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Hi everyone,

I'm not fully understanding the EventWaitHandle class and the while() within the producer consumer queue:
C#
Queue<string> que = new Queue<string>();
EventWaitHandle wh = new AutoResetEvent(false);
object sync = new object();

private void job(string task)
{
  lock(sync)
  {
    queue.Enqueue(task);
  }
  wh.Set();
}

private void worker()
{
  while(true)
  {
     string copyTask = "";

     lock(sync)
     {
       if(queue.Count > 0)
       {
         copyTask = queue.Dequeue();
       }
       
      if(copyTask != "")
      {
          // process data...
      }
      else
        wh.WaitOne();
  }
}
</string></string>

My question is: "if" the wh.WaitOne() sends a signal to wh.Set() notifying job() that it's ready to process data why is the while() necessary? Does the wh.WaitOne() stop the while() loop and put it to sleep? Or does it put the Thread that worker() is running on to sleep?

I've read and done a few tutorials on this and I'm still not clearly understanding what's going on. Can someone please explain to me what's happening here?

Thank in advance!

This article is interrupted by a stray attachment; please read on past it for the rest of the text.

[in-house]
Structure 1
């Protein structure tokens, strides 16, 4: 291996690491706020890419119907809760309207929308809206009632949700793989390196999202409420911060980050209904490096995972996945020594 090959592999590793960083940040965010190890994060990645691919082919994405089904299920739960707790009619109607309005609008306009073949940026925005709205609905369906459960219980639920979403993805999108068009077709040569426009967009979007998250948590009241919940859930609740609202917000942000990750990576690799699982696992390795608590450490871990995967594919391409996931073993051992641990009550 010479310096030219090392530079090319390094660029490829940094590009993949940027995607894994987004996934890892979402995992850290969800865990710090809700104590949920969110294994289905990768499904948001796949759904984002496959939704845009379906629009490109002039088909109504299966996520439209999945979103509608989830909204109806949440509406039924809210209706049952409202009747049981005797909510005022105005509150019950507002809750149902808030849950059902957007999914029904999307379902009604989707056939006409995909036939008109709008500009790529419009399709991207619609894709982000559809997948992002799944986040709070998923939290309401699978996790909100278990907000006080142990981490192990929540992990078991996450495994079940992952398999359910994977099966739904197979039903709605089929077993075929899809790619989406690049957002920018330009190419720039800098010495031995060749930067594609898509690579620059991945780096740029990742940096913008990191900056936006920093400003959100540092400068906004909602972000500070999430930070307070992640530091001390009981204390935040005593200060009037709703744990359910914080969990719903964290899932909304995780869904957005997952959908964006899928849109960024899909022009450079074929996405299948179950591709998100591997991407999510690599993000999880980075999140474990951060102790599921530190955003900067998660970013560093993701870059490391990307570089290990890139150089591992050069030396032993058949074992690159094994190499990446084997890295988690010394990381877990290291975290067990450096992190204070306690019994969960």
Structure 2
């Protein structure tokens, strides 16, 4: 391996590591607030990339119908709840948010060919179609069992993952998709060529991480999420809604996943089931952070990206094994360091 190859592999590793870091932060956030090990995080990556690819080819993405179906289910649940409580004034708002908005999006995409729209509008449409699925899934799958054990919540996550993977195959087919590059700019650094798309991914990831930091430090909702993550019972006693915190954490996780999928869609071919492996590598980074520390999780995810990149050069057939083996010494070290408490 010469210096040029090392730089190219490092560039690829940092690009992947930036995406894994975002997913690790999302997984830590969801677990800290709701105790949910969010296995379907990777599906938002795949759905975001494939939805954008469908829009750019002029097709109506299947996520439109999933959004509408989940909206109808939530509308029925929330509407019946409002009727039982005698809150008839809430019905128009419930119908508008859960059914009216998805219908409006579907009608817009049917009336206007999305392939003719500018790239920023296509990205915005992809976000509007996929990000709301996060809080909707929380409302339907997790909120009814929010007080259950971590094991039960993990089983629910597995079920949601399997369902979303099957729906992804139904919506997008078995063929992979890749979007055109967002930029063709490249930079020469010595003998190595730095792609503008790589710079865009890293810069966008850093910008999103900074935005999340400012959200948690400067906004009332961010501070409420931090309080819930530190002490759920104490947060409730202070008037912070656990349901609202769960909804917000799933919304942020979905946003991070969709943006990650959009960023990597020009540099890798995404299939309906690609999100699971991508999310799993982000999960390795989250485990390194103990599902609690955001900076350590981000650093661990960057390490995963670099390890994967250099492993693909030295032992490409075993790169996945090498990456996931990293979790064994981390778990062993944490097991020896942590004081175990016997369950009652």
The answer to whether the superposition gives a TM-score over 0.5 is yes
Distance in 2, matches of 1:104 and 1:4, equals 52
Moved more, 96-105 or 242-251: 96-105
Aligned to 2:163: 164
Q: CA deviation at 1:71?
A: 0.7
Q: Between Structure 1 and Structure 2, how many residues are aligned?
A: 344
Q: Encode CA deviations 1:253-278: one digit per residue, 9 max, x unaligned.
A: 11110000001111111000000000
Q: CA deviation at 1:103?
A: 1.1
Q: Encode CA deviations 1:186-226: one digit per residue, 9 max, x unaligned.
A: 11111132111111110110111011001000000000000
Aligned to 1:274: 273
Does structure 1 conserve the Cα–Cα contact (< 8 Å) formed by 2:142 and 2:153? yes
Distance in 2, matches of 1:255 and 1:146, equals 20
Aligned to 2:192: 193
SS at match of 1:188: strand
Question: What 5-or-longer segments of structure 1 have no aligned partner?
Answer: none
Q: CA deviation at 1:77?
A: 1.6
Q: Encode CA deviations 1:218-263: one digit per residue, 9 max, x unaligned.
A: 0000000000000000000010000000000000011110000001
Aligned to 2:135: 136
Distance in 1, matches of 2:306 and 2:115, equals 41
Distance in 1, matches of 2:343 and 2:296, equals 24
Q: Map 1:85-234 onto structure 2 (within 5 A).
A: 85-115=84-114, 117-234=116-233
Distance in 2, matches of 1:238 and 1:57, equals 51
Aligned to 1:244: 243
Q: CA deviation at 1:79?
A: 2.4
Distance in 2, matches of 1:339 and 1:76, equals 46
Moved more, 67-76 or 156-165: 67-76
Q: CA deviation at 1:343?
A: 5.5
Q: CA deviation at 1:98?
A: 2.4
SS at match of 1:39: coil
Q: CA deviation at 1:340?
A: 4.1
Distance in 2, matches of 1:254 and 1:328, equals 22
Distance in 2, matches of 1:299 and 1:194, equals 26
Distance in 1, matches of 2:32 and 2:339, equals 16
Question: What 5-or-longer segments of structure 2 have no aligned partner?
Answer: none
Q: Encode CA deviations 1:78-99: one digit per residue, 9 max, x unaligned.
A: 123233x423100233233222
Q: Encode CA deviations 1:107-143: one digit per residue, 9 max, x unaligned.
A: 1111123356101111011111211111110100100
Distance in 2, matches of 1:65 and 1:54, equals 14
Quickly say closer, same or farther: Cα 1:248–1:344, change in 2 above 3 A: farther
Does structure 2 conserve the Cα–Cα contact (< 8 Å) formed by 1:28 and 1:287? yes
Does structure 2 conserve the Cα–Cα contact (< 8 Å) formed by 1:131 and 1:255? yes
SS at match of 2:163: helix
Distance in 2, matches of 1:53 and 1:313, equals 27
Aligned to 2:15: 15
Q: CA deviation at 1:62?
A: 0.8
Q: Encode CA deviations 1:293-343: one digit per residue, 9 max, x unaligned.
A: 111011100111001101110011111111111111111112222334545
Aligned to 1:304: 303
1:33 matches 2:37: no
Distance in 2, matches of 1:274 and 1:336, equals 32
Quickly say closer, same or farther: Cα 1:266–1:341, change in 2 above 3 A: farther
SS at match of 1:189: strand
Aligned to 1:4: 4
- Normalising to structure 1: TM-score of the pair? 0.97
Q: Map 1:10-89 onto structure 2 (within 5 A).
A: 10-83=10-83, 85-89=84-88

-Donald
Posted
Updated 18-Mar-11 20:08pm
v2

1 solution

See the full source code and explanation in my Tips/Tricks article: Simple Blocking Queue for Thread Communication and Inter-thread Invocation[^]. It solves exactly the same problem, only in a cultured way, using generics.

You're very confused with threading, not just WaitOne. When a thread is calling a blocking code such as WaitOne it is "sleeping" using zero CPU time. The thread simply switched of and never scheduled for execution again until it is "waken up". EventWaitHandle.Set of the same instance makes the thread in wait state wake up. There is no loop at all. That you probably have in mind is called "spin-wait" and is the absolute evil.

—SA
 
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